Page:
Fraud and computer misuse offences rose in Britain during the country’s anti-coronavirus lockdowns, according to data released this week by the Office of National Statistics (ONS).
Fraud crimes increased 23.7% to 4.64m, computer-related ones by 85.0% to 1.75m cases. Per 1,000 people, fraud affected 101 (up from 82) and computer misuse 38 (up from 21).
The comparisons are with the previous comparable survey for the year to March 2019.
On fraud, which covers the likes of consumer, retail, advance fee, and bank and credit account fraud, the ONS said the rise “may represent fraudsters taking advantage of behaviour changes possibly related to the coronavirus pandemic, such as increased online shopping and increased savings.”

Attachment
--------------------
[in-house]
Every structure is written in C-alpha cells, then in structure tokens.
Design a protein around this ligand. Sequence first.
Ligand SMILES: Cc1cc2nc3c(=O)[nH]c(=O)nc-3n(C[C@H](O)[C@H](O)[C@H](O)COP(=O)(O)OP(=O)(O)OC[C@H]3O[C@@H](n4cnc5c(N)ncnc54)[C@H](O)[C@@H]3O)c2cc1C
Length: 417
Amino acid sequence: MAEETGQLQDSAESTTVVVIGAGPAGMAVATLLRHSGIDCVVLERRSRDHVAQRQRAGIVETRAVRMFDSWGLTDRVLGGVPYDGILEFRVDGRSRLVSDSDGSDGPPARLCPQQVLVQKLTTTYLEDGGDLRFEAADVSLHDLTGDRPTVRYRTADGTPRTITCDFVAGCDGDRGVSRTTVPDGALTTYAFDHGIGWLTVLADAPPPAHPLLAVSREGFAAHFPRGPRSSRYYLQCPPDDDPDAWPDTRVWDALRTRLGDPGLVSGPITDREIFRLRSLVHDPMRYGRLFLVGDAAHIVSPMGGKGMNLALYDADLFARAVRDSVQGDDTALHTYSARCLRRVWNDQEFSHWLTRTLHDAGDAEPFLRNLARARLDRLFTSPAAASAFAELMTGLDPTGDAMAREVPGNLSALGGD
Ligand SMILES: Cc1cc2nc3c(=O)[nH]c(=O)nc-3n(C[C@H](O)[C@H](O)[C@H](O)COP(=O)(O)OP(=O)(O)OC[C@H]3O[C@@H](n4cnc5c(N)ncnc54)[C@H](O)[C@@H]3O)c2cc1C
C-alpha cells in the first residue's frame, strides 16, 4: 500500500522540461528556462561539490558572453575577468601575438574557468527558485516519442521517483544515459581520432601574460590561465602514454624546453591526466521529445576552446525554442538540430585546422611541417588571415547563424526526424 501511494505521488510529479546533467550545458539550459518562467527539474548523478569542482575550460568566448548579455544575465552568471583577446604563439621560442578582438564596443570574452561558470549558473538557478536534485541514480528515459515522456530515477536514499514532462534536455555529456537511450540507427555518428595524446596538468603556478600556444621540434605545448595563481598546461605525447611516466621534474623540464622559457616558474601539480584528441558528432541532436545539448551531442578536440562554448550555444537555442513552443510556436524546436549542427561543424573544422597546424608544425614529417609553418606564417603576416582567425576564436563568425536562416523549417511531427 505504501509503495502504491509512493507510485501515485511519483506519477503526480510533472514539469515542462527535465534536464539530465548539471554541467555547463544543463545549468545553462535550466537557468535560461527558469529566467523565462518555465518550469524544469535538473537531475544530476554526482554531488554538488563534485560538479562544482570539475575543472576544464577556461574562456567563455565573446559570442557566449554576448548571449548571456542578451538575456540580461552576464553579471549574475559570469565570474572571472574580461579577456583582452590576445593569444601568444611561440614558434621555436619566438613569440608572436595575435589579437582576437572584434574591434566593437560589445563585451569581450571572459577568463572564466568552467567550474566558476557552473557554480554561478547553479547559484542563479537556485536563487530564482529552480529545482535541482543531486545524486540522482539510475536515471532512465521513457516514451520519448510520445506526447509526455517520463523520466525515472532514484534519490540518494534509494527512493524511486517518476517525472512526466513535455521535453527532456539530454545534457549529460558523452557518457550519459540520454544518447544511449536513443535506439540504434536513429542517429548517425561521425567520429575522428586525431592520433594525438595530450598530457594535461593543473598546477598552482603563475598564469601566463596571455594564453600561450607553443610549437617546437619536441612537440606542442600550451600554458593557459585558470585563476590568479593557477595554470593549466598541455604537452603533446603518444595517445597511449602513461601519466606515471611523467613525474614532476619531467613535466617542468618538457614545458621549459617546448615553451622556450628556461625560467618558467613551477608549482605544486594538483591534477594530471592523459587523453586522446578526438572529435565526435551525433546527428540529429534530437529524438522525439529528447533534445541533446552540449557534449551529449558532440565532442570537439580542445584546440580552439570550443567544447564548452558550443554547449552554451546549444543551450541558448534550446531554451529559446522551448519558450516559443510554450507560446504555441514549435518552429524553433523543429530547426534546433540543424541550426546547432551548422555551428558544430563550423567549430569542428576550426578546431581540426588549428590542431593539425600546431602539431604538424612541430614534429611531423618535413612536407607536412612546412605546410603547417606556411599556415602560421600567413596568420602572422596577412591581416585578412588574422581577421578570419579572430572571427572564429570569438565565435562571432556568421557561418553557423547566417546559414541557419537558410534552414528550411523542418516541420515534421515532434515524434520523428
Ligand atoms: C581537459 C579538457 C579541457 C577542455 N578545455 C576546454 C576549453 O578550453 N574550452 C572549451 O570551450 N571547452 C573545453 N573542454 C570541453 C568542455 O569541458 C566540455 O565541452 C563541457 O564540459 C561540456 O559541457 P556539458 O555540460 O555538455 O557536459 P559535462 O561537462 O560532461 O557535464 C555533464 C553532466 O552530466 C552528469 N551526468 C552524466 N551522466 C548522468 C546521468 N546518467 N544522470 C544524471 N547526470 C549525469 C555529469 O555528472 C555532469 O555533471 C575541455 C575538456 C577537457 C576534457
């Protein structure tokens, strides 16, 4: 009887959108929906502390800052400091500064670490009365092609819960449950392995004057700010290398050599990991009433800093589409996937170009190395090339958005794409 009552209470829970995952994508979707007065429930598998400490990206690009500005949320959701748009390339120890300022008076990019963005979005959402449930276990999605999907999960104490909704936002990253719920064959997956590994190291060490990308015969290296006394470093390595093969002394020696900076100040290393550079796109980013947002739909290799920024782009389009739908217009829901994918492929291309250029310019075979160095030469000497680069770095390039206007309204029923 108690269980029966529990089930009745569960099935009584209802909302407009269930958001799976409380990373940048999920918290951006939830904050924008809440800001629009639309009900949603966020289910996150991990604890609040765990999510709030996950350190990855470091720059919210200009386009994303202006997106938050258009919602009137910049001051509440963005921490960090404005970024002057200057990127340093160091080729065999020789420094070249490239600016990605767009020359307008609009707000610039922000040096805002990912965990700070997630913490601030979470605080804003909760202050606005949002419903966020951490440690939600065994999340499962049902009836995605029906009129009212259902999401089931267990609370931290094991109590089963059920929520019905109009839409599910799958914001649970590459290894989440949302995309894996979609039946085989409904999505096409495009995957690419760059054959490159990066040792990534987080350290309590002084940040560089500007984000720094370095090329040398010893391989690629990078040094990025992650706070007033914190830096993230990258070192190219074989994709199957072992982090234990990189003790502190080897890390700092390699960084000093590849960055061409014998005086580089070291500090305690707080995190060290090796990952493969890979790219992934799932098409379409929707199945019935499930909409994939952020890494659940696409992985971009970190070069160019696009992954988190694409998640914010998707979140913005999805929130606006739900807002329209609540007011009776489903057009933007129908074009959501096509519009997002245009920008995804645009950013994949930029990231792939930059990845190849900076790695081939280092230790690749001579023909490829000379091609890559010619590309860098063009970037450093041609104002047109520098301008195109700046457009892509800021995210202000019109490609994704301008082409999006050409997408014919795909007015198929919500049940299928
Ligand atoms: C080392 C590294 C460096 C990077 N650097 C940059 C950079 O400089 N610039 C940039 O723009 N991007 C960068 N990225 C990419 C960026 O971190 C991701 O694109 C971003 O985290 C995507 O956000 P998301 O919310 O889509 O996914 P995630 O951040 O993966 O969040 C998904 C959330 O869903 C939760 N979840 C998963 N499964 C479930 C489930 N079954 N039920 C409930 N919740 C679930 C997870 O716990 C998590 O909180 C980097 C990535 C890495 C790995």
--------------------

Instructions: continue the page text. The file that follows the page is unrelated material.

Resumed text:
It added: “For example, advance fee fraud offences included scams where victims transferred funds to fraudsters for postal deliveries; other fraud included investment opportunity scams.
“Although there has been an increase in fraud offences, only 24% of these offences resulted in loss of money or property, with no or only partial reimbursement.”
The rise in computer misuse crimes was largely driven by a 162% increase to 1.34m in unauthorised access to personal information, such as hacking.
“This included victims’ details being compromised via large-scale data breaches, and victims’ email or social media accounts being compromised, and sometimes used to request money from their contacts,” the ONS said.
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